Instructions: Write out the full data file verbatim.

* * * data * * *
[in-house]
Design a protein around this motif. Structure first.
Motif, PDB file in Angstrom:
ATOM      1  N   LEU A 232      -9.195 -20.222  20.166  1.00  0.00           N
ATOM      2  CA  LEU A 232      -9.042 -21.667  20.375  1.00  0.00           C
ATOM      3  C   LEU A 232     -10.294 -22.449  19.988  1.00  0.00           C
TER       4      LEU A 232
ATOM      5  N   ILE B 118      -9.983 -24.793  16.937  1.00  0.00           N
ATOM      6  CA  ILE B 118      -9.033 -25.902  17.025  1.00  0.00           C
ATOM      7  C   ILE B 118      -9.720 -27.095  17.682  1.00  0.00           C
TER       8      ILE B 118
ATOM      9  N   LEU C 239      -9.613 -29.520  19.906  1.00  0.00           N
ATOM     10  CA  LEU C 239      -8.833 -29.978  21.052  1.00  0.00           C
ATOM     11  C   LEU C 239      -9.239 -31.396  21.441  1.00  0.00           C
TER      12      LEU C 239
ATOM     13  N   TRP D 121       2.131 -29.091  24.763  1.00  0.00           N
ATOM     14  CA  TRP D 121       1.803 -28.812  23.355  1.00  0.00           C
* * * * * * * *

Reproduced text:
[in-house]
Design a protein around this motif. Structure first.
Motif, PDB file in Angstrom:
ATOM      1  N   LEU A 232      -9.195 -20.222  20.166  1.00  0.00           N
ATOM      2  CA  LEU A 232      -9.042 -21.667  20.375  1.00  0.00           C
ATOM      3  C   LEU A 232     -10.294 -22.449  19.988  1.00  0.00           C
TER       4      LEU A 232
ATOM      5  N   ILE B 118      -9.983 -24.793  16.937  1.00  0.00           N
ATOM      6  CA  ILE B 118      -9.033 -25.902  17.025  1.00  0.00           C
ATOM      7  C   ILE B 118      -9.720 -27.095  17.682  1.00  0.00           C
TER       8      ILE B 118
ATOM      9  N   LEU C 239      -9.613 -29.520  19.906  1.00  0.00           N
ATOM     10  CA  LEU C 239      -8.833 -29.978  21.052  1.00  0.00           C
ATOM     11  C   LEU C 239      -9.239 -31.396  21.441  1.00  0.00           C
TER      12      LEU C 239
ATOM     13  N   TRP D 121       2.131 -29.091  24.763  1.00  0.00           N
ATOM     14  CA  TRP D 121       1.803 -28.812  23.355  1.00  0.00           C